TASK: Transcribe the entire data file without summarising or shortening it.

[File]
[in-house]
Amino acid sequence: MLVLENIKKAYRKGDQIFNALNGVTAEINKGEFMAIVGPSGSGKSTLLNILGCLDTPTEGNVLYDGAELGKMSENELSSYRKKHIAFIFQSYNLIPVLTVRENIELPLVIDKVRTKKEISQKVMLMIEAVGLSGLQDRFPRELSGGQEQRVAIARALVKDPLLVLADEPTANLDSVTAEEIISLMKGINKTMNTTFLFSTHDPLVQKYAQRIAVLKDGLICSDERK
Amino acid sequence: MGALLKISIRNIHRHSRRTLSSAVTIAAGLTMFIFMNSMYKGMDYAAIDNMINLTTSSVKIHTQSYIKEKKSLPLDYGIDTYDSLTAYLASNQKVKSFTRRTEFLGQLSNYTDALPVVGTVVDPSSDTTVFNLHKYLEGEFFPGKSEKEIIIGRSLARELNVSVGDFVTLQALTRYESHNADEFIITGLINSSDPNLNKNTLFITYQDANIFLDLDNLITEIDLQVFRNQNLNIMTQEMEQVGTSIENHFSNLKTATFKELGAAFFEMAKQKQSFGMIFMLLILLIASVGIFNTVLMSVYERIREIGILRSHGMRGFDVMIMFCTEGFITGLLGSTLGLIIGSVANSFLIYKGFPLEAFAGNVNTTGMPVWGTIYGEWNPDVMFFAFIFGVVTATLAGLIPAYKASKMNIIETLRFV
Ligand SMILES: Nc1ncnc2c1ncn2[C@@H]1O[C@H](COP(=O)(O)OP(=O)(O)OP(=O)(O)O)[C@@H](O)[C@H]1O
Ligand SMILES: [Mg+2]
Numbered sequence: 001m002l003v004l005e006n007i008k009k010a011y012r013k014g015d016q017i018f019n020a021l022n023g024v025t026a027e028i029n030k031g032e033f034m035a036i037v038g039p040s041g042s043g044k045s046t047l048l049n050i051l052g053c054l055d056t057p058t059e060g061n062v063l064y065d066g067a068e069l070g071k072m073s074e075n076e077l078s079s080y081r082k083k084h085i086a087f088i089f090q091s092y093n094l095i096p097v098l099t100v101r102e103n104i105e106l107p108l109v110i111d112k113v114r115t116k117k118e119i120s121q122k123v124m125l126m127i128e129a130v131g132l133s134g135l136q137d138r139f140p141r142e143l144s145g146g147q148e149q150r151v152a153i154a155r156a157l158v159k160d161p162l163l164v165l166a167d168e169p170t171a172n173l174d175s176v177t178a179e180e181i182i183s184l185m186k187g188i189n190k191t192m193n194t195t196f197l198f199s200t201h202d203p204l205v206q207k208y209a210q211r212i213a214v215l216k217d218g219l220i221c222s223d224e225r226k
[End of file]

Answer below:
[in-house]
Amino acid sequence: MLVLENIKKAYRKGDQIFNALNGVTAEINKGEFMAIVGPSGSGKSTLLNILGCLDTPTEGNVLYDGAELGKMSENELSSYRKKHIAFIFQSYNLIPVLTVRENIELPLVIDKVRTKKEISQKVMLMIEAVGLSGLQDRFPRELSGGQEQRVAIARALVKDPLLVLADEPTANLDSVTAEEIISLMKGINKTMNTTFLFSTHDPLVQKYAQRIAVLKDGLICSDERK
Amino acid sequence: MGALLKISIRNIHRHSRRTLSSAVTIAAGLTMFIFMNSMYKGMDYAAIDNMINLTTSSVKIHTQSYIKEKKSLPLDYGIDTYDSLTAYLASNQKVKSFTRRTEFLGQLSNYTDALPVVGTVVDPSSDTTVFNLHKYLEGEFFPGKSEKEIIIGRSLARELNVSVGDFVTLQALTRYESHNADEFIITGLINSSDPNLNKNTLFITYQDANIFLDLDNLITEIDLQVFRNQNLNIMTQEMEQVGTSIENHFSNLKTATFKELGAAFFEMAKQKQSFGMIFMLLILLIASVGIFNTVLMSVYERIREIGILRSHGMRGFDVMIMFCTEGFITGLLGSTLGLIIGSVANSFLIYKGFPLEAFAGNVNTTGMPVWGTIYGEWNPDVMFFAFIFGVVTATLAGLIPAYKASKMNIIETLRFV
Ligand SMILES: Nc1ncnc2c1ncn2[C@@H]1O[C@H](COP(=O)(O)OP(=O)(O)OP(=O)(O)O)[C@@H](O)[C@H]1O
Ligand SMILES: [Mg+2]
Numbered sequence: 001m002l003v004l005e006n007i008k009k010a011y012r013k014g015d016q017i018f019n020a021l022n023g024v025t026a027e028i029n030k031g032e033f034m035a036i037v038g039p040s041g042s043g044k045s046t047l048l049n050i051l052g053c054l055d056t057p058t059e060g061n062v063l064y065d066g067a068e069l070g071k072m073s074e075n076e077l078s079s080y081r082k083k084h085i086a087f088i089f090q091s092y093n094l095i096p097v098l099t100v101r102e103n104i105e106l107p108l109v110i111d112k113v114r115t116k117k118e119i120s121q122k123v124m125l126m127i128e129a130v131g132l133s134g135l136q137d138r139f140p141r142e143l144s145g146g147q148e149q150r151v152a153i154a155r156a157l158v159k160d161p162l163l164v165l166a167d168e169p170t171a172n173l174d175s176v177t178a179e180e181i182i183s184l185m186k187g188i189n190k191t192m193n194t195t196f197l198f199s200t201h202d203p204l205v206q207k208y209a210q211r212i213a214v215l216k217d218g219l220i221c222s223d224e225r226k